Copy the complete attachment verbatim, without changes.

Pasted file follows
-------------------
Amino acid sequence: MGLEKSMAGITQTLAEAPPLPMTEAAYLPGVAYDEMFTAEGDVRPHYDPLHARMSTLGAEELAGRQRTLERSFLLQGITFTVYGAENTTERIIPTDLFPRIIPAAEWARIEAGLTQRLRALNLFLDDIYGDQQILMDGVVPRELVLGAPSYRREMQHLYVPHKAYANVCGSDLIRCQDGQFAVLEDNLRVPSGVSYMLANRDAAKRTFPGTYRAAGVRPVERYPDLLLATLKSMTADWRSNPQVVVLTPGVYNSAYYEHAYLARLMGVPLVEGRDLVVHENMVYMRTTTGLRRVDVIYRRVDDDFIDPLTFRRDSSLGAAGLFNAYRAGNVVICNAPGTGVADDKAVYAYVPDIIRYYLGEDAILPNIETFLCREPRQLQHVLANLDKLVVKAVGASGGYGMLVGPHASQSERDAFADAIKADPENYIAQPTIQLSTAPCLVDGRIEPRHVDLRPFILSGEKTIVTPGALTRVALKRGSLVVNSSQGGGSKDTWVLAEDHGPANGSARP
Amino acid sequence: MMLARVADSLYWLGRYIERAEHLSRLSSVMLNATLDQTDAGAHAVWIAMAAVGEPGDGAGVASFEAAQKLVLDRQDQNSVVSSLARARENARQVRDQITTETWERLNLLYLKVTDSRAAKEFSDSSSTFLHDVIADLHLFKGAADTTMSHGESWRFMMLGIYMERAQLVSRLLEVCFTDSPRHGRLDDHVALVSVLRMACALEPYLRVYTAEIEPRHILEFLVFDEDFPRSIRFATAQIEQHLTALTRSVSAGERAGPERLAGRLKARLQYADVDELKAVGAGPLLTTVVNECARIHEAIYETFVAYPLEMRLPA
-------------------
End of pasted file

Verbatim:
Amino acid sequence: MGLEKSMAGITQTLAEAPPLPMTEAAYLPGVAYDEMFTAEGDVRPHYDPLHARMSTLGAEELAGRQRTLERSFLLQGITFTVYGAENTTERIIPTDLFPRIIPAAEWARIEAGLTQRLRALNLFLDDIYGDQQILMDGVVPRELVLGAPSYRREMQHLYVPHKAYANVCGSDLIRCQDGQFAVLEDNLRVPSGVSYMLANRDAAKRTFPGTYRAAGVRPVERYPDLLLATLKSMTADWRSNPQVVVLTPGVYNSAYYEHAYLARLMGVPLVEGRDLVVHENMVYMRTTTGLRRVDVIYRRVDDDFIDPLTFRRDSSLGAAGLFNAYRAGNVVICNAPGTGVADDKAVYAYVPDIIRYYLGEDAILPNIETFLCREPRQLQHVLANLDKLVVKAVGASGGYGMLVGPHASQSERDAFADAIKADPENYIAQPTIQLSTAPCLVDGRIEPRHVDLRPFILSGEKTIVTPGALTRVALKRGSLVVNSSQGGGSKDTWVLAEDHGPANGSARP
Amino acid sequence: MMLARVADSLYWLGRYIERAEHLSRLSSVMLNATLDQTDAGAHAVWIAMAAVGEPGDGAGVASFEAAQKLVLDRQDQNSVVSSLARARENARQVRDQITTETWERLNLLYLKVTDSRAAKEFSDSSSTFLHDVIADLHLFKGAADTTMSHGESWRFMMLGIYMERAQLVSRLLEVCFTDSPRHGRLDDHVALVSVLRMACALEPYLRVYTAEIEPRHILEFLVFDEDFPRSIRFATAQIEQHLTALTRSVSAGERAGPERLAGRLKARLQYADVDELKAVGAGPLLTTVVNECARIHEAIYETFVAYPLEMRLPA